Mr. Obama is also proposing a host of government programs. He is suggesting increased spending for health insurance, homeowners who might default on their mortgage, the nation's infrastructure, and college tuition in exchange for public service, among others. As a result, he will render America less the land of the brave and the home of the free - and more the land of those who depend on the state. In Canada, government intervention and regulation is rife. This has led to large and unaccountable bureaucracies - and crippling taxation. The Fraser Institute conducted a study in 2001 that demonstrated that the total tax bill of the average Canadian family increased by 1,351 percent since 1961. The report revealed that in 2000, for example, the average Canadian family paid 47.5 percent of their income in federal, provincial and municipal direct and hidden taxes: "The tax bill accounted for more of the average Canadian's budget than shelter, food and clothing combined."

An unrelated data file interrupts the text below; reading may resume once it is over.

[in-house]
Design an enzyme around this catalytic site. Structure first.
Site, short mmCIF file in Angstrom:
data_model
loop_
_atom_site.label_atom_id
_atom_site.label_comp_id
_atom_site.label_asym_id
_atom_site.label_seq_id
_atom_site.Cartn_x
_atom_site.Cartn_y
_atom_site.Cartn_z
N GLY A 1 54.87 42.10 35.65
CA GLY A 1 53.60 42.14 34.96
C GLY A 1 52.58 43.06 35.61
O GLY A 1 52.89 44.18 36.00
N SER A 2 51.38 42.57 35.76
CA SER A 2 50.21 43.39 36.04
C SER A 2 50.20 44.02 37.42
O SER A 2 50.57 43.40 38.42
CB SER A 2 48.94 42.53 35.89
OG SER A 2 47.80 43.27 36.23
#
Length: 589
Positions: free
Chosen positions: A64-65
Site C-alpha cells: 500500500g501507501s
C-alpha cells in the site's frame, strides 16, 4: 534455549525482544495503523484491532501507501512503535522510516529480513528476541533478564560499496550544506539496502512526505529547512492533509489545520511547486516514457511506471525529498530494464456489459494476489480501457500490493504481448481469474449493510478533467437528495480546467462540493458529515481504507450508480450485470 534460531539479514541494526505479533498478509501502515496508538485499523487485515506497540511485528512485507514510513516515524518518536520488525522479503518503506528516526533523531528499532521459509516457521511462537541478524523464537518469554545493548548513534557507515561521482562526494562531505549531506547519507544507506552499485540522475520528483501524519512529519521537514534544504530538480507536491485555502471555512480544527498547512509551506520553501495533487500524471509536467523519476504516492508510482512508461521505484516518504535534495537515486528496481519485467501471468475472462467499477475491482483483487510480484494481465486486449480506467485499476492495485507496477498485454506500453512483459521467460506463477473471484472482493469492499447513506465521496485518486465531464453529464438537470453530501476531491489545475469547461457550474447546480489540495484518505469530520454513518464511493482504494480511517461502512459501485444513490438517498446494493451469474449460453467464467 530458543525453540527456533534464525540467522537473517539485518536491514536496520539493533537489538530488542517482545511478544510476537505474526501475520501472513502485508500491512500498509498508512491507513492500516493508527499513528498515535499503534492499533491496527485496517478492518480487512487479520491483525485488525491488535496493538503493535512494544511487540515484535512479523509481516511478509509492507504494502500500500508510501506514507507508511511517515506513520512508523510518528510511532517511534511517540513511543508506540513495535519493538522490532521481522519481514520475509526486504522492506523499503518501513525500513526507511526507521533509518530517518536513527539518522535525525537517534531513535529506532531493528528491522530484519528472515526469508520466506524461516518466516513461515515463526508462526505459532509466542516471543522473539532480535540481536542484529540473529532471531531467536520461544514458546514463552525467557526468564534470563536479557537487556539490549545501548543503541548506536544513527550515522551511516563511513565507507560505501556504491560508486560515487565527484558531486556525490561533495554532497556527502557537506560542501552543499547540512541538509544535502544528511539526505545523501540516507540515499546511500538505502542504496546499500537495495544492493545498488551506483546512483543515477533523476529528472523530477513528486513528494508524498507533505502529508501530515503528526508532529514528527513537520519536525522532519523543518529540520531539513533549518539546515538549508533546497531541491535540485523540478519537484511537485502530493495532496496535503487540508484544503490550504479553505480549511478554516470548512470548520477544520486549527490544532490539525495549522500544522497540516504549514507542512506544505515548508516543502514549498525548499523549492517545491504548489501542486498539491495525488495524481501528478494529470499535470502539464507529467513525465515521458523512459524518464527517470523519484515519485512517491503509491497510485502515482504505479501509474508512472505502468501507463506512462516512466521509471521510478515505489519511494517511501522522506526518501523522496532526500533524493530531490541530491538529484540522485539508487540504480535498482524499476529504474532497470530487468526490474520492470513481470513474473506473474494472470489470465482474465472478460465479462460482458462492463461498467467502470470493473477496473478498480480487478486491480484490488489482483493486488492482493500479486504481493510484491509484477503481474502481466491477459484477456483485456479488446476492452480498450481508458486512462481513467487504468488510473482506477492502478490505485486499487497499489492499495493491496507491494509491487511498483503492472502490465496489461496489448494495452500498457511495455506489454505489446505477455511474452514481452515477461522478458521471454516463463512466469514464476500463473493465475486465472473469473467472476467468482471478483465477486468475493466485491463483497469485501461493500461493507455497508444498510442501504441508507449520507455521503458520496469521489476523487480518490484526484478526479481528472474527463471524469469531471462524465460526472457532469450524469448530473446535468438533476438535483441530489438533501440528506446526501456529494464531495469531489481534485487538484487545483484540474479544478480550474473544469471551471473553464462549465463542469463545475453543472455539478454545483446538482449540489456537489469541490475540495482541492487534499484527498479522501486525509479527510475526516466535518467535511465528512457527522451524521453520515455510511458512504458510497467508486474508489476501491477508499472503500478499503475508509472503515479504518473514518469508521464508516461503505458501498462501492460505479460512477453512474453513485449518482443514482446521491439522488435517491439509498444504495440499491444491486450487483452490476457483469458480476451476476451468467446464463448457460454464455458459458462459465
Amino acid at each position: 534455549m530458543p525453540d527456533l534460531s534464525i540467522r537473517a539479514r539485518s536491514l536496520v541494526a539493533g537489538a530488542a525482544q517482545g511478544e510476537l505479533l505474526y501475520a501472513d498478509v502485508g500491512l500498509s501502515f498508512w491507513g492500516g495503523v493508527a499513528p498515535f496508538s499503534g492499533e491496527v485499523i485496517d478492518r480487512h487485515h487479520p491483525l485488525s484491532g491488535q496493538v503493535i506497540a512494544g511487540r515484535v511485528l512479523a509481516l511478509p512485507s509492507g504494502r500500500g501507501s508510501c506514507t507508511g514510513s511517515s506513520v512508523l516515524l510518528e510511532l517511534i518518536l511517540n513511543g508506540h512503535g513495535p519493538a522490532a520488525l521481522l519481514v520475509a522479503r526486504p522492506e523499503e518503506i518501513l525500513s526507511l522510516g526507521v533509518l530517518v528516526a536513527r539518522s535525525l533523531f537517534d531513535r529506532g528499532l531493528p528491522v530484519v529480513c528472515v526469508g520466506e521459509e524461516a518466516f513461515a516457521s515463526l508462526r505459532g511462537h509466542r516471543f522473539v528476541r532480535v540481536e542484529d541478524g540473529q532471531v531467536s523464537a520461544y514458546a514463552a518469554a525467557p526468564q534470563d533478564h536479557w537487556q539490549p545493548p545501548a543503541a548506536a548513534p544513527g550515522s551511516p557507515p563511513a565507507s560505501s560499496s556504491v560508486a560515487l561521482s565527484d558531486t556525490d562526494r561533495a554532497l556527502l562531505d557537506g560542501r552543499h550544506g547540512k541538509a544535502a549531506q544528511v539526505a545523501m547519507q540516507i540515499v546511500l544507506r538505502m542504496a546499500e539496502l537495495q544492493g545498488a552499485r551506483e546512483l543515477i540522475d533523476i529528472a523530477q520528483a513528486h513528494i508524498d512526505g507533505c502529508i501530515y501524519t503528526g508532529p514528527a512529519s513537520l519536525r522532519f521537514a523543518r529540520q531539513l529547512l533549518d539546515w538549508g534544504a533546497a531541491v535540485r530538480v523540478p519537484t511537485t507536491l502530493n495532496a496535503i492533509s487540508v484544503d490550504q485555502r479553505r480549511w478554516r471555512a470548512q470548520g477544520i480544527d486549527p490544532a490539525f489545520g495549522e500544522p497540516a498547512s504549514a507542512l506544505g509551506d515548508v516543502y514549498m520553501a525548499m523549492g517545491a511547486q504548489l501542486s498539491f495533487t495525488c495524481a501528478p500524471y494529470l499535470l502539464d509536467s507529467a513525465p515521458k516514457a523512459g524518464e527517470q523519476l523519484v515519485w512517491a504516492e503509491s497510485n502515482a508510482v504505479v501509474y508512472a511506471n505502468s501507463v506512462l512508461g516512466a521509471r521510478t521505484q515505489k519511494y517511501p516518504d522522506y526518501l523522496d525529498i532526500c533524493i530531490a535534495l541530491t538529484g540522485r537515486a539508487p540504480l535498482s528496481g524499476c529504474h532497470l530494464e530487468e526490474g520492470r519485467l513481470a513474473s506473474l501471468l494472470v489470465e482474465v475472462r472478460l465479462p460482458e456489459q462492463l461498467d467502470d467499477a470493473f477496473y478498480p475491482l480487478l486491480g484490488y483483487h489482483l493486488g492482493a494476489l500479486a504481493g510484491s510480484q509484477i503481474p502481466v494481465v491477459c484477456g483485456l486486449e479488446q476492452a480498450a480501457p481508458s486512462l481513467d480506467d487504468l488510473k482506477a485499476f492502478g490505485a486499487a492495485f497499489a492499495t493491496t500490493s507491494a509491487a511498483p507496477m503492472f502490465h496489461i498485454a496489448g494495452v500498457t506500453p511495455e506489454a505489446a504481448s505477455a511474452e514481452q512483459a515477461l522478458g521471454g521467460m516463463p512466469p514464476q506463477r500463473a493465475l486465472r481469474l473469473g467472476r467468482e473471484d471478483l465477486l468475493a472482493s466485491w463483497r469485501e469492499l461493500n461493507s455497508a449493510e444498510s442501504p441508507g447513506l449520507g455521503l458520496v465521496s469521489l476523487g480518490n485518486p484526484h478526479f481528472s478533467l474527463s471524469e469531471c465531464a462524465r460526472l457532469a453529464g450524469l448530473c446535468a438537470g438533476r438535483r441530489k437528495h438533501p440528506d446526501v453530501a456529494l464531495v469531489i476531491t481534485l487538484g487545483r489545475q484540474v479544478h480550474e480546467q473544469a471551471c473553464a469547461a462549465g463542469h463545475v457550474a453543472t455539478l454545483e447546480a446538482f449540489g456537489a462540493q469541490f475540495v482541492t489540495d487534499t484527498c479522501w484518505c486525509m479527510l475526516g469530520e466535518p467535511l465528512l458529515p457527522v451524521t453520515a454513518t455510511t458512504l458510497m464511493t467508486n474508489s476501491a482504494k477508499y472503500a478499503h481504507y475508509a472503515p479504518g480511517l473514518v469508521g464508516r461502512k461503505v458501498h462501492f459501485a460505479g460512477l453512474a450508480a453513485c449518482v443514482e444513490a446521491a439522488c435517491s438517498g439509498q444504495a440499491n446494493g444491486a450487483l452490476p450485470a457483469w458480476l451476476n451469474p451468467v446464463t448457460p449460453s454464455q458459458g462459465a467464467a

Mr. Obama wants the U.S. government to make health care affordable for every American. He says he opposes mandates, but he nonetheless favors universal health care. Canadians have universal health care; their system is inefficient. The wealthiest Canadians travel to the United States for medical care to avoid long waiting periods for tests and operations. In 2005, the Canadian Supreme Court ruled that patients must be allowed the possibility of receiving alternative health care if they are forced to wait so long that they are in fact denied treatment: Hence, a private parallel health care system is now emerging.
Despite Mr. Obama's Christian discourse, his social policies also resemble Canada's liberal policies. He is ardently pro-choice: He even voted against banning partial-birth abortion. Mr. Obama also supports same-sex unions (but not gay marriage, which he says must be decided by each religious denomination). In Canada, both abortion and same-sex marriage are legal. In Quebec, Canada's most liberal province, traditional marriage has been eroded to the point that 65 percent of couples do not marry but simply live together - that is, until it is no longer convenient. Is this the direction America should be heading toward?